I hope everyone is having a groovy summer. I’ve been enjoying it, but I’m afraid I’ve gotten a bit in arrears while trying to deal with bubbly little Grayson, explain why I’ve long been south on Race to the Top and am trending that way on Common Core, talk cage-busting with anyone who’ll listen, teach at UPenn and Rice, plan my Georgetown courses, agree to become a contributor for The Hill, and push hard on The Cage-Busting Teacher (which is due in early September). So, as I try to get caught up, I’m turning RHSU over to a stellar lineup of guest stars.
First up, for the week of August 4, is Raegen Miller. The vice president for research partnerships at Teach For America, Raegen previously worked on issues of teacher quality and fiscal equity at the Center for American Progress. Raegen’s got an intriguing bio, which involves ten years of teaching high school math and, later, data analysis at the Harvard Graduate School of Education, as well as serving as a trustee of a Massachusetts charter school and as president of a California teachers’ union. Given all this, it’s perhaps no surprise that Raegen consistently approaches the issues in challenging, illuminating ways.
The next week, fan favorite Maddie Fennell returns. Maddie, a literacy coach for the Omaha Public Schools, has spent much of her summer “on the road” participating in various activities due to her involvement in the Network of National Teachers of the Year, the U.S. Department of Ed’s Teacher Ambassadors program, the NEA, and everything else you can name. Maddie is deeply involved with the U.S. Department of Ed’s Teach To Lead initiative, but, in an amusing twist, she was also a delegate to the NEA annual meeting last month that called for Secretary Duncan’s ouster. Maddie always has something worth sharing, as a practitioner with a foot in two “opposing” camps.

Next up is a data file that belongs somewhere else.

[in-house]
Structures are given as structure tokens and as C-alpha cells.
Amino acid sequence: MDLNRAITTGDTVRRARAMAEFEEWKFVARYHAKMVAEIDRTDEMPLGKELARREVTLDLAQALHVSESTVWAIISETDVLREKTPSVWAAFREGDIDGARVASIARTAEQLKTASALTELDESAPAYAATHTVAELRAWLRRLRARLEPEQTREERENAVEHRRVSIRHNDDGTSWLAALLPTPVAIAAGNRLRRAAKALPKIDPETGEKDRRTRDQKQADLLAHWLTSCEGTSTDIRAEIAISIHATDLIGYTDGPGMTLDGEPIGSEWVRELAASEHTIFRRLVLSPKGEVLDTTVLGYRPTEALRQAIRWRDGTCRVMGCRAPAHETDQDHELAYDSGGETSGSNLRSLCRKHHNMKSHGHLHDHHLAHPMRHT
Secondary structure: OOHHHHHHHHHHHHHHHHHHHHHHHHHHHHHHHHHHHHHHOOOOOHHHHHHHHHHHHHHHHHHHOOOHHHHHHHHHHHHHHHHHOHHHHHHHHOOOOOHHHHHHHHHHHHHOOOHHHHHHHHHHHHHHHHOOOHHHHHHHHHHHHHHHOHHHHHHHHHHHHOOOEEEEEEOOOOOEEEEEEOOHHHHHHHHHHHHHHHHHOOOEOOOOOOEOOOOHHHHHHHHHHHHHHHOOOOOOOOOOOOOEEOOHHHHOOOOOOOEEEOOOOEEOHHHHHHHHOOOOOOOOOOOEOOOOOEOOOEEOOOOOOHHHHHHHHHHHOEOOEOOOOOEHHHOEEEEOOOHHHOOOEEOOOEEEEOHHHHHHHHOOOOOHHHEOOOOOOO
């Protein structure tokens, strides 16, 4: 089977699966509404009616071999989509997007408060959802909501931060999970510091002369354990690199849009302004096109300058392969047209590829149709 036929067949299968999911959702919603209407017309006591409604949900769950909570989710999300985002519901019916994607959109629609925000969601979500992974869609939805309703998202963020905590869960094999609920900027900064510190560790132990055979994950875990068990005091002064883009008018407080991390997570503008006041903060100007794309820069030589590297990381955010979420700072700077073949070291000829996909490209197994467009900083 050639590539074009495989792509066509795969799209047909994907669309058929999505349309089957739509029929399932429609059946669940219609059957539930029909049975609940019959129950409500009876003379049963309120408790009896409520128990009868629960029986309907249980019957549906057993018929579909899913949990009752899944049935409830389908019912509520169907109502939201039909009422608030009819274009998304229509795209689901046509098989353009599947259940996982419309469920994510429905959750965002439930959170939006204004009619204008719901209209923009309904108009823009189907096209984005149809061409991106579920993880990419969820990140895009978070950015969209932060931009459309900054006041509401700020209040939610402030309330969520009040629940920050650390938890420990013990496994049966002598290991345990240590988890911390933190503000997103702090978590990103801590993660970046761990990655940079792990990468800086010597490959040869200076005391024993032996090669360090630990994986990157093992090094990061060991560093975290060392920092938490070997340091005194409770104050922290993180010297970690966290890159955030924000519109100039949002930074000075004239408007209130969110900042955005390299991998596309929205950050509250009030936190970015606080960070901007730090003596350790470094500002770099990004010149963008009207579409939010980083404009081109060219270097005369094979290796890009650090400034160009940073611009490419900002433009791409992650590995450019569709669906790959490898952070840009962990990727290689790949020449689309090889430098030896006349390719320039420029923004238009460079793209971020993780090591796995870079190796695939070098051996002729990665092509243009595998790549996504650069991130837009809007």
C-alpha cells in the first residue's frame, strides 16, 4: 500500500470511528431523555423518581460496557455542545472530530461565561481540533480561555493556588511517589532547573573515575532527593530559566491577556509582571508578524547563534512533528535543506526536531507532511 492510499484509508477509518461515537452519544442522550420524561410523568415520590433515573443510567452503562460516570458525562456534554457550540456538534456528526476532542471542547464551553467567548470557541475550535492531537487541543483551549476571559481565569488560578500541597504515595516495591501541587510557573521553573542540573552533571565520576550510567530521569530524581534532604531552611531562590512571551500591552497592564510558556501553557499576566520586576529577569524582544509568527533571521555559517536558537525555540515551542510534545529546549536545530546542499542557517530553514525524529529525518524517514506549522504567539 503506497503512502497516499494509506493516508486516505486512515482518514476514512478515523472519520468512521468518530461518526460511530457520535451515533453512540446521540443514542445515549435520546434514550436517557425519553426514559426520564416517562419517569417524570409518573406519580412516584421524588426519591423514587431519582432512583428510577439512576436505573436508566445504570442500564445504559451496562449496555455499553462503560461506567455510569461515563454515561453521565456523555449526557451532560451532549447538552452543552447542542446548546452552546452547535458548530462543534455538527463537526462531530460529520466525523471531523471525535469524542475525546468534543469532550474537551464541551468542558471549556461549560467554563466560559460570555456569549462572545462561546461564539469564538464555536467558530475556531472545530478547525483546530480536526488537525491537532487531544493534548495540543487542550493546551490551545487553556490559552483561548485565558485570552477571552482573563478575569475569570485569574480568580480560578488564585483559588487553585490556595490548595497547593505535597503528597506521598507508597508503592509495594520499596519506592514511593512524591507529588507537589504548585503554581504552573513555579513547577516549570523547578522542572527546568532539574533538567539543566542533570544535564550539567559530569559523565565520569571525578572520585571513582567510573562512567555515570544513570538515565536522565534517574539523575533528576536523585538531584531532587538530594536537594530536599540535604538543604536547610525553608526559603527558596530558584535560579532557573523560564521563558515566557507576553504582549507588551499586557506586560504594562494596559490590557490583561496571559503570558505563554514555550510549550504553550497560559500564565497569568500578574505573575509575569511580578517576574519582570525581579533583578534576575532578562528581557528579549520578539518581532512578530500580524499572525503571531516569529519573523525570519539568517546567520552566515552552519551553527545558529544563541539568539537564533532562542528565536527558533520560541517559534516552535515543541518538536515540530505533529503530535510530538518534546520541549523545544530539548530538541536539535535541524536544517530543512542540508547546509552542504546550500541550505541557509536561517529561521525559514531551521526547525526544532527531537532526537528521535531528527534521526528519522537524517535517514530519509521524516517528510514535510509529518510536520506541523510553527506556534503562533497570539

Elliot Sanchez, the founder and CEO of mSchool, will take the helm for the week of August 18. mSchool is a new venture that works to simplify personalized learning. In 2014, Elliot was named to Forbes’s list of “30 Under 30" and to Education Week’s “9 People Who Will Shape Education in the Next 10 Years.” Elliot started out teaching seventh and eighth grade math at Booker T. Washington Alternative Middle School in New Orleans. He has also worked for Louisiana’s Recovery School District and for the state’s education agency, where he managed STEM programs. Oh, and in 2001, Elliot was named the New Orleans Young Magician of the Year. Seriously. I think you’ll find him interesting.
Finally, for week four, various members of YES Prep will stop by. Founded in 1998, YES Prep is a Houston charter school network of 13 schools serving 9,000 students in grades 6-12. YES Prep won the inaugural Broad Prize for Public Charter Schools in 2012 and is working hard to demonstrate that all students, regardless of background, can achieve at the highest levels. YES Prep students are not only doing terrific work on state tests, but also surpassing national averages on metrics like Advanced Placement passing rates and college graduation rates. In fall 2015, YES will take its first steps beyond Texas and begin serving students in Memphis. I’m hoping they’ll share some insights on what they’re up to and what’s ahead.
I trust you’ll find all these folks as terrific as I do, and I’ll look forward to seeing you all at the end of the month.
The opinions expressed in Rick Hess Straight Up are strictly those of the author(s) and do not reflect the opinions or endorsement of Editorial Projects in Education, or any of its publications.